Reports from Reuters and Al Jazeera say Pakistan is celebrating its imports of Russian crude oil and view it to stimulate its economy. Warrior says that Pakistan paid for the oil in Chinese currency and got the oil had a huge discount. Prime Minister Shehbaz Sharif called the arrival of the Russian crude a “transformative day” for the crisis-ridden country. “I have fulfilled another of my promises to the nation,” he tweeted. “This is the first-ever Russian oil cargo to Pakistan and the beginning of a new relationship between Pakistan and [the] Russian Federation.”

The failure of Russian sanctions is irritating the EU. OIL Price reported that “The European Union could move to ban imports of Russia’s pipeline gas by the end of this year if it puts preliminary measures in place, Walter Boltz, energy advisor to the Austrian government, has told Independent Commodity Intelligence Services (ICIS). The EU has seen increased recognition that it could cope without the remaining Russian pipeline gas it gets, but some countries still receiving natural gas via pipeline, most notably Hungary, could seek exemptions or not agree to an EU ban, according to Boltz.”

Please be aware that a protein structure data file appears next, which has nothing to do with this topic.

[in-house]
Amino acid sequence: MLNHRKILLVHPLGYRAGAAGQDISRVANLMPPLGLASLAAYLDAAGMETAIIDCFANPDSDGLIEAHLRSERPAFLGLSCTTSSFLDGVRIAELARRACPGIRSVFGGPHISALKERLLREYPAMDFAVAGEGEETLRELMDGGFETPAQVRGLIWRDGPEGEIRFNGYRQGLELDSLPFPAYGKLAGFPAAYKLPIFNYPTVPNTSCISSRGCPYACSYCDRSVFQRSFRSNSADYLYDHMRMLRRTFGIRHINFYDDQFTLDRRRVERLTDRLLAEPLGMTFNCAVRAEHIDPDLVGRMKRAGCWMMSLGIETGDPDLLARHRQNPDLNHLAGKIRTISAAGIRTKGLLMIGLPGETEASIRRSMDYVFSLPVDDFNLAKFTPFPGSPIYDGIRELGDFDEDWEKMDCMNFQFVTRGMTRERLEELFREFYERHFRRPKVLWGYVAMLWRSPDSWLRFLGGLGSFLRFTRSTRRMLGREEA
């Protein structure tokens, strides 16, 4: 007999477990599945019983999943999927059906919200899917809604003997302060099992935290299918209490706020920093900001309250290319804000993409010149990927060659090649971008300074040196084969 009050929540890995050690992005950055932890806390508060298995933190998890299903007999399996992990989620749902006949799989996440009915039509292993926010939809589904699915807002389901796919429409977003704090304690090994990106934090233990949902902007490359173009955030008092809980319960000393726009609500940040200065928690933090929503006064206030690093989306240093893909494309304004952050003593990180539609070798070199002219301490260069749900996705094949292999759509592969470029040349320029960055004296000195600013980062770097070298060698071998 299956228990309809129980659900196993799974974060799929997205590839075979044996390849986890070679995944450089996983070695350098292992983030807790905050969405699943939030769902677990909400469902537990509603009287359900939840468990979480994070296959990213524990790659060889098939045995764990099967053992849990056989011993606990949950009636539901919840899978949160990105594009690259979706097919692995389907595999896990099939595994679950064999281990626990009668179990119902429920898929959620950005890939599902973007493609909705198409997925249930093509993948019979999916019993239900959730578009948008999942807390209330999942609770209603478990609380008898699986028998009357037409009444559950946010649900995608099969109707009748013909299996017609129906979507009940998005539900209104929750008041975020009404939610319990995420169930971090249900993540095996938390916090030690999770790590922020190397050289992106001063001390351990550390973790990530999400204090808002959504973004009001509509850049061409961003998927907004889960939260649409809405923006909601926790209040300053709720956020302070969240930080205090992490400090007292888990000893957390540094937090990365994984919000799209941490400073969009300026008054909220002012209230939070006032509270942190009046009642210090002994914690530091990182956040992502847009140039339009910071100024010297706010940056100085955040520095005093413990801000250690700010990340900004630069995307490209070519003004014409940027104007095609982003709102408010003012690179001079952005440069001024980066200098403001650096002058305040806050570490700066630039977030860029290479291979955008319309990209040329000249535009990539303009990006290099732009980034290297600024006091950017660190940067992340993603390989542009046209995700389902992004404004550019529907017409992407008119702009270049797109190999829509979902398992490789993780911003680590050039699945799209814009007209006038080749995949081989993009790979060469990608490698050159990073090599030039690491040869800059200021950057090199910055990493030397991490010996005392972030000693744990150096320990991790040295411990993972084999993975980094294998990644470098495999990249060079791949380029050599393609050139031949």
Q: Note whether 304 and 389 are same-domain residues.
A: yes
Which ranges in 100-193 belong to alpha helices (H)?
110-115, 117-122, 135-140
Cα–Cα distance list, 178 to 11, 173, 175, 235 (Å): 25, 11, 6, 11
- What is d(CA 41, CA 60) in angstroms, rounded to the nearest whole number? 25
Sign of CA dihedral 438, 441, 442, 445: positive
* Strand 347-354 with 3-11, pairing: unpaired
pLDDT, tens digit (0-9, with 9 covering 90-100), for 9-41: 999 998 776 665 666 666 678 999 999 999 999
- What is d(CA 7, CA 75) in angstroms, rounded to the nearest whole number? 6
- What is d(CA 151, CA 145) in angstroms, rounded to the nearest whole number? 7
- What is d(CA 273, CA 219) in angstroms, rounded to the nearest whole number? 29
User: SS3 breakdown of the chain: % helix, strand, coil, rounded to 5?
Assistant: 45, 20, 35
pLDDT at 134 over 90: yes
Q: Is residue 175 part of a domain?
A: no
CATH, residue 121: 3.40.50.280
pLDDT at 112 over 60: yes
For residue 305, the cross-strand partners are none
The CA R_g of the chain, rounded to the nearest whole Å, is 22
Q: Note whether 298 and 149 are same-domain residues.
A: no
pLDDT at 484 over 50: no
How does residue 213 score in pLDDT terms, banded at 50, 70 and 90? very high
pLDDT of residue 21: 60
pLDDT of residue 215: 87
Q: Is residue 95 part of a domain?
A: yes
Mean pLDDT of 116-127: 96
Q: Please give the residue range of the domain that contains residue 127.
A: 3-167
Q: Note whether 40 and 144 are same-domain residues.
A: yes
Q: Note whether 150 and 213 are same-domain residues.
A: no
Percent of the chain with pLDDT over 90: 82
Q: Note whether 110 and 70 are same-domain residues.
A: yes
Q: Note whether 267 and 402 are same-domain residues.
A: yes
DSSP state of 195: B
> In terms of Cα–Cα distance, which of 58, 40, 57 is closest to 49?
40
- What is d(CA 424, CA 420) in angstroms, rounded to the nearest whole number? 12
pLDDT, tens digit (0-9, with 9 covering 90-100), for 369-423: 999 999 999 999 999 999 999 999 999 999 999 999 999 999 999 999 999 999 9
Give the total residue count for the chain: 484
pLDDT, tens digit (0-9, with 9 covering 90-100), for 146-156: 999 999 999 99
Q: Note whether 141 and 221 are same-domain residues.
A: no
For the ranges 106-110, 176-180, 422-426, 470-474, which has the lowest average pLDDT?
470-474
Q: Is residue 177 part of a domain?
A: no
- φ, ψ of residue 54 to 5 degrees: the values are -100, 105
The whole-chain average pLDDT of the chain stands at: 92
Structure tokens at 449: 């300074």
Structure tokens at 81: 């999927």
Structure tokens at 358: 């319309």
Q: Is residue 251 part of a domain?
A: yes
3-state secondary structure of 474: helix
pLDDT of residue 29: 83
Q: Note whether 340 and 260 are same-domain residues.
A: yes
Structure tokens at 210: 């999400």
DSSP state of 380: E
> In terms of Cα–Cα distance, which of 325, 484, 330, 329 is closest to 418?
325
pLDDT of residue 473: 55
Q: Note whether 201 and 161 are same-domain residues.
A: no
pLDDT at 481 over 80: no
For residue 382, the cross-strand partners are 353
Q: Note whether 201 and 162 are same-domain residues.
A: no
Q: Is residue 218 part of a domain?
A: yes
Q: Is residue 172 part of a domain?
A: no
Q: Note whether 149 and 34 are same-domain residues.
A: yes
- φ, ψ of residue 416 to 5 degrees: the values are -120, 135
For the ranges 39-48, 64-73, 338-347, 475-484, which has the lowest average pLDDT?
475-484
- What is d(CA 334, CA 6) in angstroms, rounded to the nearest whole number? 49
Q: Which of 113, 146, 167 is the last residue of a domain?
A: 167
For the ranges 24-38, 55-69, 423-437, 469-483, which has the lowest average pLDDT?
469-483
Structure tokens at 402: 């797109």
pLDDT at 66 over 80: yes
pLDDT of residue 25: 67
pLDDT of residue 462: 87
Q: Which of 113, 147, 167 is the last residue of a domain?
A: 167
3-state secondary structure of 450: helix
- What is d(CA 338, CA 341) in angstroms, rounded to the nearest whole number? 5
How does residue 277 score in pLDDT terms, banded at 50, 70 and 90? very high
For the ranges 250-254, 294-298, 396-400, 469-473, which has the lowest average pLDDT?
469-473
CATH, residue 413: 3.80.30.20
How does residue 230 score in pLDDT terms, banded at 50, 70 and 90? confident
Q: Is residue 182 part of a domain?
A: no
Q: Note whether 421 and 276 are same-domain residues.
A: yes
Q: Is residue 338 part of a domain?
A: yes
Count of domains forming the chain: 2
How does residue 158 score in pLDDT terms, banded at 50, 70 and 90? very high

PEC in its monthly report showed signs of good compliance with cuts. Saudi Arabia led the cuts with 519,000-barrel day production cut lowering their production to 9.9 8 million barrels a day. Even the United Arab Emirates that were looking for a higher quota reduced its production by 140,000 barrels a day in May to 2.89 million barrels per day.

Algeria cut their production by 36,000 barrels a day to 974,000 barrels a day. OPEC also left their Non-OPEC supply growth forecast unchanged at 1.4 million barrels a day.